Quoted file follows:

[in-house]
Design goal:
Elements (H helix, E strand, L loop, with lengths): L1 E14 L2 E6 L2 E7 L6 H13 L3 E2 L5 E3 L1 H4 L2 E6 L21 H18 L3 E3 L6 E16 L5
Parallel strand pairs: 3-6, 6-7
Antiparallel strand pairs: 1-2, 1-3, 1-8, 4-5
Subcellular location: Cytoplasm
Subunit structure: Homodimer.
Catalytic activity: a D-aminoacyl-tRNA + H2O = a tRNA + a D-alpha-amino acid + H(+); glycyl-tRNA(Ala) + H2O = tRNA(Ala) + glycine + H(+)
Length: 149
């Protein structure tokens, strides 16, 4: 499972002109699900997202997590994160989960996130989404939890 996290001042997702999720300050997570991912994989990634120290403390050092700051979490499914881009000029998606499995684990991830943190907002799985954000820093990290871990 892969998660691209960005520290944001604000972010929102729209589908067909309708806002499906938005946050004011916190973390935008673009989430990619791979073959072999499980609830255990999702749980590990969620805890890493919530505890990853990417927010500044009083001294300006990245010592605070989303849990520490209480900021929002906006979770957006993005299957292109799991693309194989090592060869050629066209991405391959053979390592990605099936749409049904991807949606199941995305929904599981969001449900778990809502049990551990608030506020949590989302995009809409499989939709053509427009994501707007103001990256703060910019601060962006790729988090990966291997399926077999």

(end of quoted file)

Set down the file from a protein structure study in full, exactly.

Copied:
[in-house]
Design goal:
Elements (H helix, E strand, L loop, with lengths): L1 E14 L2 E6 L2 E7 L6 H13 L3 E2 L5 E3 L1 H4 L2 E6 L21 H18 L3 E3 L6 E16 L5
Parallel strand pairs: 3-6, 6-7
Antiparallel strand pairs: 1-2, 1-3, 1-8, 4-5
Subcellular location: Cytoplasm
Subunit structure: Homodimer.
Catalytic activity: a D-aminoacyl-tRNA + H2O = a tRNA + a D-alpha-amino acid + H(+); glycyl-tRNA(Ala) + H2O = tRNA(Ala) + glycine + H(+)
Length: 149
């Protein structure tokens, strides 16, 4: 499972002109699900997202997590994160989960996130989404939890 996290001042997702999720300050997570991912994989990634120290403390050092700051979490499914881009000029998606499995684990991830943190907002799985954000820093990290871990 892969998660691209960005520290944001604000972010929102729209589908067909309708806002499906938005946050004011916190973390935008673009989430990619791979073959072999499980609830255990999702749980590990969620805890890493919530505890990853990417927010500044009083001294300006990245010592605070989303849990520490209480900021929002906006979770957006993005299957292109799991693309194989090592060869050629066209991405391959053979390592990605099936749409049904991807949606199941995305929904599981969001449900778990809502049990551990608030506020949590989302995009809409499989939709053509427009994501707007103001990256703060910019601060962006790729988090990966291997399926077999």